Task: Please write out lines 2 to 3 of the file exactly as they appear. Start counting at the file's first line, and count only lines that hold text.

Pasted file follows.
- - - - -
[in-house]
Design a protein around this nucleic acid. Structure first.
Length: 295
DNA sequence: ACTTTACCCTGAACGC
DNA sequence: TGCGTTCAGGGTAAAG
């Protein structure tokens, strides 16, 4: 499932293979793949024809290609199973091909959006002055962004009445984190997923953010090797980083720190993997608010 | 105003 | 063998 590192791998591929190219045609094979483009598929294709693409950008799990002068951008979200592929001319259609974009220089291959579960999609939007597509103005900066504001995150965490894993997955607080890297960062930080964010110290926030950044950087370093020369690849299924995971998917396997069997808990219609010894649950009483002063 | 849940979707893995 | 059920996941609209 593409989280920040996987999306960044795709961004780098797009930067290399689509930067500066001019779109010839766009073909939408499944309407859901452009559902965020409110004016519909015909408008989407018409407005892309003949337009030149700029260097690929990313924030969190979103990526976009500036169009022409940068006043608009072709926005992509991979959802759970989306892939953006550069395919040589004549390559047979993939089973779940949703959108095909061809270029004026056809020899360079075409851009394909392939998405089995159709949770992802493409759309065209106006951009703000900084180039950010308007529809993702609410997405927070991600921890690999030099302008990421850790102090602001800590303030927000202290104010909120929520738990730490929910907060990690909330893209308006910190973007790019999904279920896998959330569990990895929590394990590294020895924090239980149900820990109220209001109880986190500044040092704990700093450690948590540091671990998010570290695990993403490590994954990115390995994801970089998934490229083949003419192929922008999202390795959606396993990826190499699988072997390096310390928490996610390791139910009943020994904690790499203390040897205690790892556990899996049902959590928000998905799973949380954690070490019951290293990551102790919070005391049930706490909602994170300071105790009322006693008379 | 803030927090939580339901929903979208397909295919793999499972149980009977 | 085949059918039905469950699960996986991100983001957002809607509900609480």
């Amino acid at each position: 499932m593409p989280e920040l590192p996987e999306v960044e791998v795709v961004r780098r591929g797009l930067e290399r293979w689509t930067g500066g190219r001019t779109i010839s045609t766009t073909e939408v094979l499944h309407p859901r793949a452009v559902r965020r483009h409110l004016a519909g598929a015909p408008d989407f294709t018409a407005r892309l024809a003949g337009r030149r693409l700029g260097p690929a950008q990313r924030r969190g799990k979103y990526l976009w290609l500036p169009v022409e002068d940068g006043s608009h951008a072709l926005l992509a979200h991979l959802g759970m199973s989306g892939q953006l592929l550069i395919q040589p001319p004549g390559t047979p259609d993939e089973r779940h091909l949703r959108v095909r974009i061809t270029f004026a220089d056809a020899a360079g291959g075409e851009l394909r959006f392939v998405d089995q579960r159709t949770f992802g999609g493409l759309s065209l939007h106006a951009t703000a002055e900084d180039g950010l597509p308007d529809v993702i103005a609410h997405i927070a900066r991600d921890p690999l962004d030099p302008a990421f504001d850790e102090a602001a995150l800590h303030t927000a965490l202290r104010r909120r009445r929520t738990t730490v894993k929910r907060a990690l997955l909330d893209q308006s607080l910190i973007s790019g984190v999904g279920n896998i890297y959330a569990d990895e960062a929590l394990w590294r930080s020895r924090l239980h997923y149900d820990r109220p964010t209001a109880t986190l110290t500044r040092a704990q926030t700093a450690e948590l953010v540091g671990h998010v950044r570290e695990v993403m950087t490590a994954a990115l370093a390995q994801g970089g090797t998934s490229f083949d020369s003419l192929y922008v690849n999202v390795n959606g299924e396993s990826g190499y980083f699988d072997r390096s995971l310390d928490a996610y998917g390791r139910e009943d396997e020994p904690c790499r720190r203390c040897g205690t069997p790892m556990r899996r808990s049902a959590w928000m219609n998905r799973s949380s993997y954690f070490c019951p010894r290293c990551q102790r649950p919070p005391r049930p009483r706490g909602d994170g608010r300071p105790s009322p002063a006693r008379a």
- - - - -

Design a protein around this nucleic acid. Structure first.
Length: 295